Disappointing Albums, Music

51 Disappointing albums: ‘Cahoots’

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Each week TONY THOMPSON discusses a ‘disappointing album’: why it’s disappointing, what that means in the context of the band or musician’s career, and what that says about changing critical tastes.

One thing must be made clear,” he says, this is not a series about terrible albums. They might be disappointing, but they are records that you need to hear.


It’s 1971 and you’ve just picked up an album called Cahoots by The Band, some group you’ve never heard of. They have covered an unreleased Dylan song called When I Paint My Masterpiece and brought Allan Toussaint in to do some horn arrangements. It’s an amazing album, a classic slow burn that reveals itself slowly over the next few months as you await another record by this group.

Or, it’s 1971 and you’ve just bought The Band’s new album. It’s called Cahoots and despite the Dylan song and Tousan’s horns, it is a seriously disappointing effort from a group you consider peerless.

Like many of the records in this series, Cahoots mainly suffers from comparison to other records. If it were possible to hear it without Big Pink, The Band, and Stage Fright looming so large behind it, it would, I believe, be a remarkable record by one of the great bands.

Robbie Robertson doesn’t like it. He calls it cold. Garth doesn’t think much of it either. The mad genius of London Ontario feels like he had trouble coming up with interesting keyboard parts. Really? They sound pretty good to me! But it is significant that neither of the surviving members have fond memories of its creation. Robbie, as readers of his recent autobiography will have gathered, seems a bit disappointed with everything The Band did after 1969.

The endless personal problems of its members and internal strife within the group are both well known, and I won’t recount it all here. Bill Graham seemed to believe that Robbie was holding the whole thing together on the tour that came immediately before work began on Cahoots. Robertson has said he couldn’t write at the time.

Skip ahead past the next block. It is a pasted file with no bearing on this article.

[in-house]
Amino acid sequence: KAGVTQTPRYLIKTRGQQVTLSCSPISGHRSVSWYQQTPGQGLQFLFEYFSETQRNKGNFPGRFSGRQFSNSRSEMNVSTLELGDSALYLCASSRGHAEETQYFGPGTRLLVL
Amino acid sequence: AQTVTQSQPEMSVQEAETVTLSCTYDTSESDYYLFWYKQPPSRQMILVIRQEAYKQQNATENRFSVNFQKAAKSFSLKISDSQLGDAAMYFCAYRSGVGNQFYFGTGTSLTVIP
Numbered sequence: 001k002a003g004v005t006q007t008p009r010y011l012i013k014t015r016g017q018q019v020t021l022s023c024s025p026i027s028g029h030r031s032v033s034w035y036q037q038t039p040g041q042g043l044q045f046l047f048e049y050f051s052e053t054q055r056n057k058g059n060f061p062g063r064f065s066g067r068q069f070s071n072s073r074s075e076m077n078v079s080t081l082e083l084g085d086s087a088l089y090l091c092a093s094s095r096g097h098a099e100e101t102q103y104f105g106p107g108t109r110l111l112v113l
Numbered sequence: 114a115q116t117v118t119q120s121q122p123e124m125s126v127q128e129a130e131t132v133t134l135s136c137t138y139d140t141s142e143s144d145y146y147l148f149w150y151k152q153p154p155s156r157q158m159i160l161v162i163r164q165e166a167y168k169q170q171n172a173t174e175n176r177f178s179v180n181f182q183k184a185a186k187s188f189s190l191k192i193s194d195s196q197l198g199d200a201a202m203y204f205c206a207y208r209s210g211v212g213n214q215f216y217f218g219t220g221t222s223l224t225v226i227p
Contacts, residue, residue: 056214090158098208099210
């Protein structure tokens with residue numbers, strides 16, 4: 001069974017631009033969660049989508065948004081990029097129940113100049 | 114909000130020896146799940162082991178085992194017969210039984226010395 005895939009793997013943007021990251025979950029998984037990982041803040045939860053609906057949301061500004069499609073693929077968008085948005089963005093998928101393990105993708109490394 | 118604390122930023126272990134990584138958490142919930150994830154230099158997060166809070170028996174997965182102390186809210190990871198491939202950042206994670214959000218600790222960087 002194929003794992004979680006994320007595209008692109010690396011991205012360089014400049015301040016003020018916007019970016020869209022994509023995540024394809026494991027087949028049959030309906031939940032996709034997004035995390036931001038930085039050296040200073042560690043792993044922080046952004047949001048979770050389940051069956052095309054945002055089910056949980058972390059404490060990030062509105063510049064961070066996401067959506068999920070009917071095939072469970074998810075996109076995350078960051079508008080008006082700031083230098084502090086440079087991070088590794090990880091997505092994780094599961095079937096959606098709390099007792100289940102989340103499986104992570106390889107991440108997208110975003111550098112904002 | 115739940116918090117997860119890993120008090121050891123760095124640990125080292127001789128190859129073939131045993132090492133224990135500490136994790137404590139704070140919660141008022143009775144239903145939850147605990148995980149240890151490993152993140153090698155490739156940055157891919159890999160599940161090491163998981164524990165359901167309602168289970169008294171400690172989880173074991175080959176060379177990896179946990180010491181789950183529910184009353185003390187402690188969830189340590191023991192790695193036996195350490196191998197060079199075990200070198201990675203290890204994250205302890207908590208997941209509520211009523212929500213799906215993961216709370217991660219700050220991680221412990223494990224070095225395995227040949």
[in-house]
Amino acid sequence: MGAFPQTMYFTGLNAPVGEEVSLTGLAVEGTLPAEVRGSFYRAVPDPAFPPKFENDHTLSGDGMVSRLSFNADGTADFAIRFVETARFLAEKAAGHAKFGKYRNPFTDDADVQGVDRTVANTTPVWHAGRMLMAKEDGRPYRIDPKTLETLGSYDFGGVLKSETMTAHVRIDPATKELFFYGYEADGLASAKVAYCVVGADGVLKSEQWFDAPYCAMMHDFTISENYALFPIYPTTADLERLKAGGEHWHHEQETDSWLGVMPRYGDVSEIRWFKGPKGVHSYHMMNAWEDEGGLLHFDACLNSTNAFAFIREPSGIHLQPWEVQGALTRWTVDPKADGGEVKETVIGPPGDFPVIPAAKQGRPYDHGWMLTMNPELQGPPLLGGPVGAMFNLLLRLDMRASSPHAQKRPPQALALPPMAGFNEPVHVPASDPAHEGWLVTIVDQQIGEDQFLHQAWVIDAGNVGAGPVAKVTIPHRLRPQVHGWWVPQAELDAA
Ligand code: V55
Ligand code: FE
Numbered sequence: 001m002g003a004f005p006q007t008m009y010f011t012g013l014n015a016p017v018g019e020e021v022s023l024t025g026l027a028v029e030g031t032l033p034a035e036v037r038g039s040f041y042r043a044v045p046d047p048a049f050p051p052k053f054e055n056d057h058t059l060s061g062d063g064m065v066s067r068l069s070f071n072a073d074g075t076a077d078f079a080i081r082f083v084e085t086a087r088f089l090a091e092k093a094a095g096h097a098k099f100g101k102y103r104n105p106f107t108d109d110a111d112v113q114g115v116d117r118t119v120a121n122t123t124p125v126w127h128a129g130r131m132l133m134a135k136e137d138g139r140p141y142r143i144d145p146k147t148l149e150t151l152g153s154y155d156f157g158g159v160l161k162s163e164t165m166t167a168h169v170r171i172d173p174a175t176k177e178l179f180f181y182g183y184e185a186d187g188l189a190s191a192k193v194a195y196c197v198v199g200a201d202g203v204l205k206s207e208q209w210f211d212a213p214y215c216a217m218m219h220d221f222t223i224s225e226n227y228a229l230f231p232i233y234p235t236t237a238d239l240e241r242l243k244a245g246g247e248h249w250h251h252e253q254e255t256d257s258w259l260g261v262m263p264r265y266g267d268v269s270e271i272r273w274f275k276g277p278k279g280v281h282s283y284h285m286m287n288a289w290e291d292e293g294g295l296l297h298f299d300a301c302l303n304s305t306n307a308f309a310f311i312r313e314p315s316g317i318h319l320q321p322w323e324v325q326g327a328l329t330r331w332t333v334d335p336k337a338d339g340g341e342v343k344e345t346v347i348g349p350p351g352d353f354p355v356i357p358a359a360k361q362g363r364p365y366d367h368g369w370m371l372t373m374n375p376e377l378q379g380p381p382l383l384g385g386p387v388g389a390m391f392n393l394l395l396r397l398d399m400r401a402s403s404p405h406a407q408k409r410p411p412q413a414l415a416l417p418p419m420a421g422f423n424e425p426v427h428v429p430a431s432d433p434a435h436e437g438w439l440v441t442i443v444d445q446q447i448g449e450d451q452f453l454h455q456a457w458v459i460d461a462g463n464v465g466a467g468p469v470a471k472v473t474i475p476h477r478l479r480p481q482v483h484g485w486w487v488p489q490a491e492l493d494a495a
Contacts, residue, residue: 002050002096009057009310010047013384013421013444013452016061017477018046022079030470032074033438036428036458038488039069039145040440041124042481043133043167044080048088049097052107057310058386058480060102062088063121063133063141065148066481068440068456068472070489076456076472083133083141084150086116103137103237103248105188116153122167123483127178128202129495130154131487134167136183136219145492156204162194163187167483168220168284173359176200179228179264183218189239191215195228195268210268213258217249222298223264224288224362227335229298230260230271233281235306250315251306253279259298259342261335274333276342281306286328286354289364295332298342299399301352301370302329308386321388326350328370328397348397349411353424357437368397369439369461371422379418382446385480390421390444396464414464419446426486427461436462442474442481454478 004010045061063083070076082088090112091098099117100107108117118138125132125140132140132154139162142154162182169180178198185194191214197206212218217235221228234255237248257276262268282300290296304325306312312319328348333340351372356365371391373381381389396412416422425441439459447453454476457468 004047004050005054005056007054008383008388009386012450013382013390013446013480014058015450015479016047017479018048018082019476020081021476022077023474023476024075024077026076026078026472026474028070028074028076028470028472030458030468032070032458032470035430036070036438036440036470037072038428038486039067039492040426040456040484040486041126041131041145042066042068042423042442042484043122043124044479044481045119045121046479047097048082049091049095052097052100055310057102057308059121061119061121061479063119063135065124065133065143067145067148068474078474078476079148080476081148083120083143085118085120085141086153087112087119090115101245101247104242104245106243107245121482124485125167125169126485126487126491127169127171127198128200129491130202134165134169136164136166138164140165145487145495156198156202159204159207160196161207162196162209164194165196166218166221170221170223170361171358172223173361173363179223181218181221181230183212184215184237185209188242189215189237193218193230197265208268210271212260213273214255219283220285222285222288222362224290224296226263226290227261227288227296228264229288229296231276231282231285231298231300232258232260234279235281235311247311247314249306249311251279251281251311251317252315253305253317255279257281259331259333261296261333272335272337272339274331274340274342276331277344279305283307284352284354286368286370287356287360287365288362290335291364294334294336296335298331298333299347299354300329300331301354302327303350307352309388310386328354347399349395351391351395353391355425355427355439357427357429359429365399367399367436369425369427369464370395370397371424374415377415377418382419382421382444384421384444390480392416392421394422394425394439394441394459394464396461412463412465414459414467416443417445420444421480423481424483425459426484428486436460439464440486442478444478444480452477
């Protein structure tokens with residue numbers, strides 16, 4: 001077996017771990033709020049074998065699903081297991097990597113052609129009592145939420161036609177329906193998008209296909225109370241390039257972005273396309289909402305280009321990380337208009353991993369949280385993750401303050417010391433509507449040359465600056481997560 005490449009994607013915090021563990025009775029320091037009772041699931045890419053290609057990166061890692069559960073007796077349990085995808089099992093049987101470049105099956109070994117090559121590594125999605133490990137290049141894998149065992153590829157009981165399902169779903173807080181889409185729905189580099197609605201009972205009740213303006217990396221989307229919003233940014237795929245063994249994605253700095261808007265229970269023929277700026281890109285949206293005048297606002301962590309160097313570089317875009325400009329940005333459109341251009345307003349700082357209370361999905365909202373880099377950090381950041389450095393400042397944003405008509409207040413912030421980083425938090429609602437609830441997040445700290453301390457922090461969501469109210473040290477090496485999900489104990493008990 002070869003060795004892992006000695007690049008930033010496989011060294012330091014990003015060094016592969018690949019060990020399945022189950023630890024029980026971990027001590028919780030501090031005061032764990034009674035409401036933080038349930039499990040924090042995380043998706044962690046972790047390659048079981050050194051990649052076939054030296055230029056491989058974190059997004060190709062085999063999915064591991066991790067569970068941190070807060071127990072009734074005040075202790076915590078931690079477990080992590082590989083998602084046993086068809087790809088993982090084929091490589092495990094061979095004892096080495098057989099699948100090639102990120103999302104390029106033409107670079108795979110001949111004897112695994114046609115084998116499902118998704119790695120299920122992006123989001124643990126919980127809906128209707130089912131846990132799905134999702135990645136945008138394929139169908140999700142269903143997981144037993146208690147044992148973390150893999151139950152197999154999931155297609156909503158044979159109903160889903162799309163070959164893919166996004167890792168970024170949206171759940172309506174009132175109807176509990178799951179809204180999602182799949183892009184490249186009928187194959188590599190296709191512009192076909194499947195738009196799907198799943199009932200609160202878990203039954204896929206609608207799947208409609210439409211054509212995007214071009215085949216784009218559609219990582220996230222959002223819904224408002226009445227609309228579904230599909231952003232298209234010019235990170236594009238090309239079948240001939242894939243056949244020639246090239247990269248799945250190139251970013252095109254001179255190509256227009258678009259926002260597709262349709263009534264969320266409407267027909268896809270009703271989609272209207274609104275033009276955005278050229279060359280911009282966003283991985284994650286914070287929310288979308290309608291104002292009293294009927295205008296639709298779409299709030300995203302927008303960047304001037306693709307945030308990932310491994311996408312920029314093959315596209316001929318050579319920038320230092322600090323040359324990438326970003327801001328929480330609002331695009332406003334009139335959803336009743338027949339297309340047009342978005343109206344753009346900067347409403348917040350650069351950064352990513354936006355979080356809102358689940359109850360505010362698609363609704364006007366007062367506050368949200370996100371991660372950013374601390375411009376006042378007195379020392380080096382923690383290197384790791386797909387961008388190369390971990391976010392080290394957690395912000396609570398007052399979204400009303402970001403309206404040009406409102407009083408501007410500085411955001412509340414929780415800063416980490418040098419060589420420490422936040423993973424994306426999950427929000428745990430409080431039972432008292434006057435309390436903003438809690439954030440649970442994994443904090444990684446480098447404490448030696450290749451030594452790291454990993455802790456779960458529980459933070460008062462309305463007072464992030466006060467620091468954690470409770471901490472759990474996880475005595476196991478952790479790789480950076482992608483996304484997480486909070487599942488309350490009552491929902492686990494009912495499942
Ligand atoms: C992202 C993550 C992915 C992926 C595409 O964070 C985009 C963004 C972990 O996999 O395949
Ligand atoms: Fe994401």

It’s true that songs like Smoke Signal seem a bit forced. Where Do We Go From Here?, which Robbie calls “a shithead of a song”, doesn’t really stack up to anything from the previous albums either. Shoot Out In Chinatown hasn’t dated well though Robbie once noted that Martin Scorsese was a big fan. Robbie tries to recreate gold rush San Francisco but ends up with a mildly racist cliché fest, punctuated by cheeseball oriental style guitar lines. Probably their worst song.

Three mediocre songs don’t sink an album though and they are only blips when one considers the big screen funk of Life is a Carnival and Helm’s bravado reading of Dylan’s Roman holiday musings in Masterpiece. Those are the famous songs on the album, and the ones that remained in The Band’s repertoire. But let’s not forget 4% Pantomime, a song featuring Van Morrison himself, a neighbour in Woodstock and a drinking pal of Richard Manuel. The song refers to the difference in alcohol content in Johnny Walker Red and Black. But you knew that, of course! Did you know that it grew out of an improvised wordless performance of the card game described in the song? Yes, a pantomime followed by a slightly drunken rendition in the studio of a song that sounds a bit improvised. “Belfast Cowboy, are you able,” sings Richard Manuel. I always wondered why they didn’t repeat it at The Last Waltz, with the pantomime and everything. I suppose the answer to that one is obvious.

Why is it disappointing?

The strain is showing. There’s no doubt that the circumstances that produced the first two remarkable records have all but disappeared. It’s something that all artists face. A work grows out of a context and whether it be social, political, personal, or philosophical, it is difficult to find that space again. Most artists accept that it isn’t possible and simply try to work with what they have.

For Robbie, this was a group of friends whose success was destroying some of them physically and pulling at the fabric of the bonds created by ten years of touring behind Ronnie Hawkins and Dylan. The basement of Big Pink was a fading memory by 1971. On at least half of the songs here, Robbie seems to be rehashing the products of that original blast of inspiration. Sometimes it works, on buried gems like The Last of the Blacksmiths, and sometimes it doesn’t. Levon’s presence on this record seems somehow less forceful than on the previous records. Listen to it from start to finish. He only imposes himself on When I Paint My Masterpiece. I truly love Richard Manuel and Rick Danko but Levon’s voice, singing Robbie’s lyrics, is what defines the group. Where’s Levon?

Why should you hear it?

On their worst day, they would still be one of the great bands and with a relatively brief career that only yielded about 50 original songs, I’ll take what I can get. Cahoots is more disappointing than the first three albums, but I can’t imagine a list of great albums from 1971 that wouldn’t include it.

For the rest of this series, click here.

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